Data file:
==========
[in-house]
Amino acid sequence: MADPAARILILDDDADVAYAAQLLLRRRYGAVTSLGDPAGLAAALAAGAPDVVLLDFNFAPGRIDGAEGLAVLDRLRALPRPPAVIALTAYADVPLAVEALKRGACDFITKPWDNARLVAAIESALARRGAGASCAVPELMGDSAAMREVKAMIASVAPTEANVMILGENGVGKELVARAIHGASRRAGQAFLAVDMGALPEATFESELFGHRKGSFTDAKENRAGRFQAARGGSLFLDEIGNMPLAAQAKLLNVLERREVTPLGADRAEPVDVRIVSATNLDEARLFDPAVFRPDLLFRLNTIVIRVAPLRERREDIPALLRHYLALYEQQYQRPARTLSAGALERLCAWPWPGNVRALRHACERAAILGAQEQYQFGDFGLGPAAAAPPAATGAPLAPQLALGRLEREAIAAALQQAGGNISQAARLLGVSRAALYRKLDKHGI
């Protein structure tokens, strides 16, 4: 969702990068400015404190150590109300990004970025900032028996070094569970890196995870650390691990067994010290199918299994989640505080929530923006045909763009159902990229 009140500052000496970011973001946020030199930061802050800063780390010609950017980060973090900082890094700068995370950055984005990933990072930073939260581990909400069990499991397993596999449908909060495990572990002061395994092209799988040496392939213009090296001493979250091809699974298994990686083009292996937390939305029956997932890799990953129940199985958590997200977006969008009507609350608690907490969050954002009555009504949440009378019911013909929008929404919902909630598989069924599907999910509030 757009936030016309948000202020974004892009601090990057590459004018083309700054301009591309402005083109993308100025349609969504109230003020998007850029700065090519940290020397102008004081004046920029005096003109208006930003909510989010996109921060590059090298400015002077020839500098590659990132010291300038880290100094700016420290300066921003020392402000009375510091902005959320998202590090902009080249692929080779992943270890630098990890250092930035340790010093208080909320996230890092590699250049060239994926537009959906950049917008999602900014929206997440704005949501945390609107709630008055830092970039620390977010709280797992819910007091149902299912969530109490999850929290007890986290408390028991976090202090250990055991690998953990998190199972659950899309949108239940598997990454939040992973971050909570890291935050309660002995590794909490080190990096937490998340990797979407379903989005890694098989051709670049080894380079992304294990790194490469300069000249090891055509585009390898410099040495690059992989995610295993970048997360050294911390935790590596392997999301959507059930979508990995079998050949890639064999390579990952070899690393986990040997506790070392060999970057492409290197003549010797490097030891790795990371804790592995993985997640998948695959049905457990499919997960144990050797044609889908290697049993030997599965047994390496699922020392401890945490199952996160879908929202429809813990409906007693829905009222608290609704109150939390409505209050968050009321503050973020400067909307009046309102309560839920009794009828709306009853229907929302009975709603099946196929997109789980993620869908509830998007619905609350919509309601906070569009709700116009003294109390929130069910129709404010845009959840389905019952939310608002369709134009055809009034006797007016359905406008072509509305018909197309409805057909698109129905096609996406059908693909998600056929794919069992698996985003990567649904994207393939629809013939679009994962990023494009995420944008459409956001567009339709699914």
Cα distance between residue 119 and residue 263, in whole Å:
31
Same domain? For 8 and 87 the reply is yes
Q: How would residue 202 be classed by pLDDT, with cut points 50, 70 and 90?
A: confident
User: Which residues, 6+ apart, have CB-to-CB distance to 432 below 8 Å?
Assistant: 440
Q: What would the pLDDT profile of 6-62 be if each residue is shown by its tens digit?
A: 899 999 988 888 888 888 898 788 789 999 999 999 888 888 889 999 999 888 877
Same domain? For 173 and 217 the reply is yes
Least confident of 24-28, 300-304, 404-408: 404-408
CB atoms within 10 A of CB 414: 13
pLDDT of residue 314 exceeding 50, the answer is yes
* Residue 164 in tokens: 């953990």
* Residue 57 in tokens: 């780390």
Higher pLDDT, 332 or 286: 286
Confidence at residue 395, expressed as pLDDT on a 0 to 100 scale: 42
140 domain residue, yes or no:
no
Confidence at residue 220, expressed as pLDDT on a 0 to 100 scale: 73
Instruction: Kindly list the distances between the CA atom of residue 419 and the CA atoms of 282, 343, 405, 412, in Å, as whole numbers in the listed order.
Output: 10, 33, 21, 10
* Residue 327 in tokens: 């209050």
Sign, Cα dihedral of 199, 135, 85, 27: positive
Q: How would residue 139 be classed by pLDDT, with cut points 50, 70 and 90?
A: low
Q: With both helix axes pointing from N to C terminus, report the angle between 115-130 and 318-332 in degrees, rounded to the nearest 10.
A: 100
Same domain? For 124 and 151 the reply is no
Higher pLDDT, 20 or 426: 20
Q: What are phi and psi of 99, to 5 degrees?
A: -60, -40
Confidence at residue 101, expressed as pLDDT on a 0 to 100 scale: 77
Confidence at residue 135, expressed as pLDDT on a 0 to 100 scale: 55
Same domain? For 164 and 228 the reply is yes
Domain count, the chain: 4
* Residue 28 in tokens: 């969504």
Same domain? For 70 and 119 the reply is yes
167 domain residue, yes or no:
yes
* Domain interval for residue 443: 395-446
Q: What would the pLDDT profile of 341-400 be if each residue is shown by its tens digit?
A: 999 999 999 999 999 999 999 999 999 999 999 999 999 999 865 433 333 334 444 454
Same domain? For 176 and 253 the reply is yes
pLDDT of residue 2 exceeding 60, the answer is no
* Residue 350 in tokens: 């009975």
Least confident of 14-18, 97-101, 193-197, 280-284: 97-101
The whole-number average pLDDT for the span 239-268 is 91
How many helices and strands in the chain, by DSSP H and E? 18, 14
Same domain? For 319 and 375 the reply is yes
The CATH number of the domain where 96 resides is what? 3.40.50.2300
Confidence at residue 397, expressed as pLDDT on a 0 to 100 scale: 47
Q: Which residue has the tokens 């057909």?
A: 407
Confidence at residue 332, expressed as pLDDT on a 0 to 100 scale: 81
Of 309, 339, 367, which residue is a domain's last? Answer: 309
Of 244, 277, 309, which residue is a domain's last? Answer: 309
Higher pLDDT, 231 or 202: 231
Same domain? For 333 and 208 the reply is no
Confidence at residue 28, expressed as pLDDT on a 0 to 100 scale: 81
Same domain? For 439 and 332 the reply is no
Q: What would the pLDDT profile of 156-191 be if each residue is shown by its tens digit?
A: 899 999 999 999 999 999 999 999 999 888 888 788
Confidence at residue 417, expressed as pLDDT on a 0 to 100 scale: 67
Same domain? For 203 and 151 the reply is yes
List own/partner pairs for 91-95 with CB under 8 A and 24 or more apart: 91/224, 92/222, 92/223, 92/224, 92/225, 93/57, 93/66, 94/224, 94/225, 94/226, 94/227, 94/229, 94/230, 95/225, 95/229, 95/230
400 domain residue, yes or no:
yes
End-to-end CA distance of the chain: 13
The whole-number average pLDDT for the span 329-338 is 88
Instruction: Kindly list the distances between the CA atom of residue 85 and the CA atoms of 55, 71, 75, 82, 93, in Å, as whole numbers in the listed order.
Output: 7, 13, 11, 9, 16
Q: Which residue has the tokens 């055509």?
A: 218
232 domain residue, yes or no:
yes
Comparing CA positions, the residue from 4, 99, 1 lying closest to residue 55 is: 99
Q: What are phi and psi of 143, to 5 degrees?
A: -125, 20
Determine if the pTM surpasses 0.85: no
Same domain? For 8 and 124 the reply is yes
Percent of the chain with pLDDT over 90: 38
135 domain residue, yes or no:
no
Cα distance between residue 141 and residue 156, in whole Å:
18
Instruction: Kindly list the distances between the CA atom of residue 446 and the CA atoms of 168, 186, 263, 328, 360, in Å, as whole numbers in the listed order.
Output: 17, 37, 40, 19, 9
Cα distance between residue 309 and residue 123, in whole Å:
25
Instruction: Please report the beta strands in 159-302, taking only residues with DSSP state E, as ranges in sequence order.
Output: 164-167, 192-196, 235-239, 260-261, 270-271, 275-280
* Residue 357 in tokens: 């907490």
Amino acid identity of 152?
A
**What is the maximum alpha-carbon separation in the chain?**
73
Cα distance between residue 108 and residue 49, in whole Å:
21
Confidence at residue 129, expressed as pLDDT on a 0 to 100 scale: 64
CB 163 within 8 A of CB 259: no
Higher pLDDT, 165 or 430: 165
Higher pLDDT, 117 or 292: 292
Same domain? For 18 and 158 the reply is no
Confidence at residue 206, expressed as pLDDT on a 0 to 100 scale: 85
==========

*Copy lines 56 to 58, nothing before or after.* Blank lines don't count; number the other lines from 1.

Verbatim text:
Q: Which residue has the tokens 């057909």?
A: 407
Confidence at residue 332, expressed as pLDDT on a 0 to 100 scale: 81